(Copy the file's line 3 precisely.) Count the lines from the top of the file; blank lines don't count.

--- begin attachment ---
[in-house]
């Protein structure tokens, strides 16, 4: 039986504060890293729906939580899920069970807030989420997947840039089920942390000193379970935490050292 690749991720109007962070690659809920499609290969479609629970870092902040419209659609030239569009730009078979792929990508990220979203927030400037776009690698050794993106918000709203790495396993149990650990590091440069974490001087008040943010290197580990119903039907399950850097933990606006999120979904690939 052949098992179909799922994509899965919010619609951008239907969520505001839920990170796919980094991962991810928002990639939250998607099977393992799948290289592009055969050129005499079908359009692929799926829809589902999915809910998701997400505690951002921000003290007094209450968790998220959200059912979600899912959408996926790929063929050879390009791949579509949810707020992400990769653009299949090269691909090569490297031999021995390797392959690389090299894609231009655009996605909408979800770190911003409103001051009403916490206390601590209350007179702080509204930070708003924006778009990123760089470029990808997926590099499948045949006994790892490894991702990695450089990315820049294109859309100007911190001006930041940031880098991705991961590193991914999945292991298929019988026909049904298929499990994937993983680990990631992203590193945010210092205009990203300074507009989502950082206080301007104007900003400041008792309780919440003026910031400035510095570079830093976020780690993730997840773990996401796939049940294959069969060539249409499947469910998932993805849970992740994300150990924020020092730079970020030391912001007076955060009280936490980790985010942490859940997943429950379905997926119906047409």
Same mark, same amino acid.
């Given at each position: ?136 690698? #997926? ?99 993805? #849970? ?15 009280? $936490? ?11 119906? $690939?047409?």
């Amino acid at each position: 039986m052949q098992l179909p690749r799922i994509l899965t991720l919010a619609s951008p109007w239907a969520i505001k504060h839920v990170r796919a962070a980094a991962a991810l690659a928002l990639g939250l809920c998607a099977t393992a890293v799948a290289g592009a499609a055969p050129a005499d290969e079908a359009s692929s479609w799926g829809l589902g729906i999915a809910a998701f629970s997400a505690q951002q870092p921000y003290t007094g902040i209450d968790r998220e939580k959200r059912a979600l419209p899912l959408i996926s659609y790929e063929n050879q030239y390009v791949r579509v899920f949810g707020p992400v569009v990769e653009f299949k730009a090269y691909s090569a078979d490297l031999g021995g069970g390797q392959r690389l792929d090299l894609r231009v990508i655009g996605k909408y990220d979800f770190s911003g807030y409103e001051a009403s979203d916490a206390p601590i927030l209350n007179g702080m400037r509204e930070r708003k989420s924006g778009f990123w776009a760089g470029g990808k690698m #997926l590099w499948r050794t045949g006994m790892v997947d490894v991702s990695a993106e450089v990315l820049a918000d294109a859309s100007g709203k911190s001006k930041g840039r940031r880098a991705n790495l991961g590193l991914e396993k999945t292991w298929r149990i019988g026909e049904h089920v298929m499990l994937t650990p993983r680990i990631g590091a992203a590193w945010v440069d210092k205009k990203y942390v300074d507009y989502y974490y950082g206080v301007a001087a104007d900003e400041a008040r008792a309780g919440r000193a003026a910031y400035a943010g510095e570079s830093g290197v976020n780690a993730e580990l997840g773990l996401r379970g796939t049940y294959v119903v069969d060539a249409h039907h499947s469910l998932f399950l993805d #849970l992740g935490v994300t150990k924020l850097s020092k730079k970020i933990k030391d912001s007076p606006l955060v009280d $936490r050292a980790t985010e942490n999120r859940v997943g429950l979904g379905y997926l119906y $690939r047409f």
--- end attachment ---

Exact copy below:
Same mark, same amino acid.